Leading off the sessions was Jeff Gregori, VP of consumer and shopper analytics for Nielsen, who spoke on “The Healthy Consumer: Myth versus Reality.”
Gregori assessed healthy food trends and shopping behavior by socio-economic status to reveal unique growth opportunities and unmet needs. He discussed the key challenges in reaching target consumers in a value-driven market.
While consumers are more mindful of healthy living, “it’s still a struggle to make healthy choices in or out of the home,” Gregori said. “People want to eat healthier but want value as well.”
Expansion of organic choices in center store has opened more opportunities for lower-income consumers to enjoy healthier food, Gregori asserted. “There is a lot more trial going on,” he said. “Health is a cornerstone of retail messaging.”
Coca-Cola’s Robert Earl discussed the food industry’s role in obesity. “It’s not just about the food we take in – it’s about the energy we expend,” Earl said, urging that supermarkets promote an "energy-calorie balance through sensible eating and regular physical activity.”
Earl also presented third-party data indicating the safety of artificial sweeteners and noting their useful role in sensible eating, as long as calories they save are not replaced with other foods.
Joel Warady, chief sales and marketing officer for “free-from” food marketer Enjoy Life, discussed advancements made in gluten-free and other non-allergen food products. He shared the company's validation process for ingredient suppliers, the testing that it does for both inbound and outbound ingredients and finished product, as well as the safety procedures in place to maintain the integrity of the product, and the company's brand promise.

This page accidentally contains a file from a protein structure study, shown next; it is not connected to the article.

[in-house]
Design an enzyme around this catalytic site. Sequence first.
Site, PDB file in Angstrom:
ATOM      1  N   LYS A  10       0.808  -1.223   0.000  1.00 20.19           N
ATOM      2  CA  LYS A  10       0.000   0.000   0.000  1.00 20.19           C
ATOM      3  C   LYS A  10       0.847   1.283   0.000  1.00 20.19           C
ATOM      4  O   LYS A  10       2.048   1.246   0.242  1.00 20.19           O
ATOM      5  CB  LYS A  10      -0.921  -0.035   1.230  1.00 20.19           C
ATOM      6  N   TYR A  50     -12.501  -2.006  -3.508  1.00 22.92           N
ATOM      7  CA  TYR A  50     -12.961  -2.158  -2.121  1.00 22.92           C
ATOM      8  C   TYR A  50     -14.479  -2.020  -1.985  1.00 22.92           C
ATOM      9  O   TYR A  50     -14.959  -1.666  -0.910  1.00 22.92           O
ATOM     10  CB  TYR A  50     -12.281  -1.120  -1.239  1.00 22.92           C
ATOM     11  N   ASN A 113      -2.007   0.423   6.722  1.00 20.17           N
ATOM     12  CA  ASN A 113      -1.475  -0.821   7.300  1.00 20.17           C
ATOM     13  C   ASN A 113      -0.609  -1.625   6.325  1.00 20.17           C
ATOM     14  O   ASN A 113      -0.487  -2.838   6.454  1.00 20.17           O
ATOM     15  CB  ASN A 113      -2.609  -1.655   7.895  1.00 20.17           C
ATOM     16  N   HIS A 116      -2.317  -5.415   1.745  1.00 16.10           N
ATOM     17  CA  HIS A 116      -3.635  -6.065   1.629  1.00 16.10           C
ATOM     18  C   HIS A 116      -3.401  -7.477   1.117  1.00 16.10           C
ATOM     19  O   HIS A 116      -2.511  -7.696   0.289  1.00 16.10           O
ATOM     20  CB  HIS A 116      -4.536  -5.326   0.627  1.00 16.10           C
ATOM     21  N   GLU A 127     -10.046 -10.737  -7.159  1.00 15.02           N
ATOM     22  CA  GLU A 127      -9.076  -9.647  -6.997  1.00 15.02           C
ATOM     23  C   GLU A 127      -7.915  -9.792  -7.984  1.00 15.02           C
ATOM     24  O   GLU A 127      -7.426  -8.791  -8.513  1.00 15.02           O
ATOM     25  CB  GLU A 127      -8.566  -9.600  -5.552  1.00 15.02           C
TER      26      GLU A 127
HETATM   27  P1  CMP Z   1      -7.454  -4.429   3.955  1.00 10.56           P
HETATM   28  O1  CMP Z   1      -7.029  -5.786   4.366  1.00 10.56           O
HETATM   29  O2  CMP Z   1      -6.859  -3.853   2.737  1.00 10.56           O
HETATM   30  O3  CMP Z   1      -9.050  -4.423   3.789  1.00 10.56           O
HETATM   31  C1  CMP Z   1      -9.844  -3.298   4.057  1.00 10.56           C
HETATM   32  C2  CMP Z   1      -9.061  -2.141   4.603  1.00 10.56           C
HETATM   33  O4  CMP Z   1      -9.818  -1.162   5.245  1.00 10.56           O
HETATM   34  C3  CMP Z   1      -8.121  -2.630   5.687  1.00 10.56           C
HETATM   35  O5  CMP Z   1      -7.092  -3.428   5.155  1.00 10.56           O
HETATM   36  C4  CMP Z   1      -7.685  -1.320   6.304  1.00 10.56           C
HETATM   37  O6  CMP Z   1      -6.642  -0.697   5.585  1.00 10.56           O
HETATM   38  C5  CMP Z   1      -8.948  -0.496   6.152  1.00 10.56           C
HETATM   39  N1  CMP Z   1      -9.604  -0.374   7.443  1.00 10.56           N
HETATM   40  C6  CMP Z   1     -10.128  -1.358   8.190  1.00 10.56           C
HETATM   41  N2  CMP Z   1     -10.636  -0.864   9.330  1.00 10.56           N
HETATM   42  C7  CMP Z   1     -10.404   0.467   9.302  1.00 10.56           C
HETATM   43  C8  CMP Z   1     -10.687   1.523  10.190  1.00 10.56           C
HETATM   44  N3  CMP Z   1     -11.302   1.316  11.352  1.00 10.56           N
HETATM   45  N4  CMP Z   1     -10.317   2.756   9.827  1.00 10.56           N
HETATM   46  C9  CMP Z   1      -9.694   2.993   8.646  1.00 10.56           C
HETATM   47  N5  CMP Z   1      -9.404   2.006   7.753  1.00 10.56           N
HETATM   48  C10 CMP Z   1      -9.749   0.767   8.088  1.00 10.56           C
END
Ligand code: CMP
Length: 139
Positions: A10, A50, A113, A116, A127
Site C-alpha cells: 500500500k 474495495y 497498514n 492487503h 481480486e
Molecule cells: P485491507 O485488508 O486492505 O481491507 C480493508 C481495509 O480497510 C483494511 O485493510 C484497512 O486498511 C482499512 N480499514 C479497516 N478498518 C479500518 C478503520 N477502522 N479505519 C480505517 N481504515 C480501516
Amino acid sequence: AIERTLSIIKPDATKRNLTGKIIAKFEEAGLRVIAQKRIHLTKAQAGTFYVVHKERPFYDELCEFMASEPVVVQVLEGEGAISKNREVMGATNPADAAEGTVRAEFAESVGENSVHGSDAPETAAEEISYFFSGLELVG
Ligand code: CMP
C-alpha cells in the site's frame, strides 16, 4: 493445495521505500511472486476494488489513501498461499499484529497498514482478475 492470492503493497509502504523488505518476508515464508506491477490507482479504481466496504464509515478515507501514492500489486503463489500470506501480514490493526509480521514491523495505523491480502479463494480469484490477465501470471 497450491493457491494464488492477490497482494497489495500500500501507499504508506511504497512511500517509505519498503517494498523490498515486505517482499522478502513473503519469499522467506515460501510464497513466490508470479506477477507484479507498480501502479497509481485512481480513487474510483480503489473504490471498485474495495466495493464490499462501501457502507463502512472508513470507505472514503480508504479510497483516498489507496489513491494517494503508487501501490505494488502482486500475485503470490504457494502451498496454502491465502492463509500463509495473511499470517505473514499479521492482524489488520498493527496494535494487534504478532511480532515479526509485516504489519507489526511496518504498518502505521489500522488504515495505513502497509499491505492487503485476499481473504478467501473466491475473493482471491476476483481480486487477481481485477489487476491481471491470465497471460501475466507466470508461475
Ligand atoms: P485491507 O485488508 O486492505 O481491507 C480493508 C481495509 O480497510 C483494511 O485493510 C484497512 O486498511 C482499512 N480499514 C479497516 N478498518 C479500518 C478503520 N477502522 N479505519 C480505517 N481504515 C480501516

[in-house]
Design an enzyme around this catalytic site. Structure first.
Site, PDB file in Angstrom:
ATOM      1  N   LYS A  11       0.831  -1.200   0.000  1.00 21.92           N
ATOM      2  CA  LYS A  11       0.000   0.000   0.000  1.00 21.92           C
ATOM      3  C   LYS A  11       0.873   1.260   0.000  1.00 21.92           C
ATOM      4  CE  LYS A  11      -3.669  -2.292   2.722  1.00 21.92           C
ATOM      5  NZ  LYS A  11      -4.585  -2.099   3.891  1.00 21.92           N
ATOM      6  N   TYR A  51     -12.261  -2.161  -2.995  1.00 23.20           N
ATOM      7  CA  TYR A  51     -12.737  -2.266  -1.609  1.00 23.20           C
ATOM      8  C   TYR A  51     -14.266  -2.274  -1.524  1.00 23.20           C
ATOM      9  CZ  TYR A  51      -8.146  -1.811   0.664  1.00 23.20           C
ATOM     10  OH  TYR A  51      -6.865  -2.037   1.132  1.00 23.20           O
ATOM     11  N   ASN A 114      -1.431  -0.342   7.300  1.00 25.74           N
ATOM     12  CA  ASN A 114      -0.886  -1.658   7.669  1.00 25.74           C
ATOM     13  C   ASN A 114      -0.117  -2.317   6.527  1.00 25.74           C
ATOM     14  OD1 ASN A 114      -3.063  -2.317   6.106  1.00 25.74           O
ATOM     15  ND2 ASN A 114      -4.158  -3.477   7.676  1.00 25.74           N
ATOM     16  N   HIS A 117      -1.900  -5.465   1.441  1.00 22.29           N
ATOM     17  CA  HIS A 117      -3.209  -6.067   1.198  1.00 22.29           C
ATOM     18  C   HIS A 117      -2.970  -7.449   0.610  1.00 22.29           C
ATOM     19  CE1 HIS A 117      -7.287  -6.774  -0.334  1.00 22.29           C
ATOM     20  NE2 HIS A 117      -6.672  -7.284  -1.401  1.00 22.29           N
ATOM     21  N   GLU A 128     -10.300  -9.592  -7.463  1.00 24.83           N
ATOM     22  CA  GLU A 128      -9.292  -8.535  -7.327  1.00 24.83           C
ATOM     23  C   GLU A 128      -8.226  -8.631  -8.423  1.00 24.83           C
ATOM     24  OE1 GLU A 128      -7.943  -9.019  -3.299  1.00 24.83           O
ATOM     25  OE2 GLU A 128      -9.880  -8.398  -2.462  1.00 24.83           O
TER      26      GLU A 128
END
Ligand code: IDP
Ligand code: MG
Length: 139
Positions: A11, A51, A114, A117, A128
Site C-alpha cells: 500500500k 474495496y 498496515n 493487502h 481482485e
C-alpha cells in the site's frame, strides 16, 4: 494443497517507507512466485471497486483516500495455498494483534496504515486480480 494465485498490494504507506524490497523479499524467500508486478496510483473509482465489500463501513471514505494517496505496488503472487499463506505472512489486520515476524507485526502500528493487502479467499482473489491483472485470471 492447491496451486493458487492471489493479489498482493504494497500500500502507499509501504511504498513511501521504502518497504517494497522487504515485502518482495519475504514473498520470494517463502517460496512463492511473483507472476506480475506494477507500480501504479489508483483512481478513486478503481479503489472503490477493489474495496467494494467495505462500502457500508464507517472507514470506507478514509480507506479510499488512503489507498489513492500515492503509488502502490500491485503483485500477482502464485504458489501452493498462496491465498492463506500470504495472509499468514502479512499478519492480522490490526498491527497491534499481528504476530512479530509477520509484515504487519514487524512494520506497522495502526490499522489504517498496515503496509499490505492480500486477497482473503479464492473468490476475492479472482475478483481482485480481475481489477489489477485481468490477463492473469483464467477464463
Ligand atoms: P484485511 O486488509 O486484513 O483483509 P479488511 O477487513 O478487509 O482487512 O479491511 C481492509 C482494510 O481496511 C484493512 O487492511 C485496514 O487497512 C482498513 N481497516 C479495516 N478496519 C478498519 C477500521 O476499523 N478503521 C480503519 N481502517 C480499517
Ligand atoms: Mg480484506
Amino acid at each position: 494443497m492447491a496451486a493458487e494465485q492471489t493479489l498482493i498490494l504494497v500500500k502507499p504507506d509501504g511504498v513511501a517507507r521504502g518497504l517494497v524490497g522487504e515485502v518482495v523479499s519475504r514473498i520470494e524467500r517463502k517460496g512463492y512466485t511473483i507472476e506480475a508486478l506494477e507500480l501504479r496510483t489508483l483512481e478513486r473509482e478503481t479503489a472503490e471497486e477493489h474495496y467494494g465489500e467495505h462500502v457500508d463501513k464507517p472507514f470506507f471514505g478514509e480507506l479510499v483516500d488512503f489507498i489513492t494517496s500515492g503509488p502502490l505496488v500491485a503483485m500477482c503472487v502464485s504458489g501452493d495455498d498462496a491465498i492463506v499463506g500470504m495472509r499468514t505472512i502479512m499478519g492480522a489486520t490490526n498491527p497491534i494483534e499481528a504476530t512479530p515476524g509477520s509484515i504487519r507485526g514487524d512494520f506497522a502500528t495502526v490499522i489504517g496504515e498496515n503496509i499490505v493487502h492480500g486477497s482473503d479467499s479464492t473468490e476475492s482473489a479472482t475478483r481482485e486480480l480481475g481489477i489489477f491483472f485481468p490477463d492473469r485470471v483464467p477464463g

Warady said the “taste bar has really risen” for free-from foods.
Cathy Polley, VP for health and wellness at the Food Marketing Institute, discussed how the rapidly growing role of the supermarket RD will be critical to the success of the store and its shoppers. She examined key findings from the 2013 Shopping for Health survey of America’s grocery shoppers, and how retail dietitians can leverage these trends to develop a successful and competitive health and wellness program in their stores.
Cost and lack of motivation to change one’s eating habits are the leading barriers to healthy eating, Polley revealed. Consumers want to see more local food, tasting stations for healthier foods and more ready-to-eat healthier foods, she noted.
Brian Levy, president of Pulse Health &Wellness, discussed what CPG companies look for in a relationship with retail dietitians in order to help shape the future of in-store health and wellness marketing while simultaneously adding value to their retail brand, supplier partners and their shoppers.
Finally, Ruhs led a panel discussion that included Leah McGrath, corporate dietitian for Ingles Markets, and Caroline Passerrello, manager of dietitian initiatives at Giant Eagle, who discussed their roles as RDs in working with their store chains, customers and CPG companies.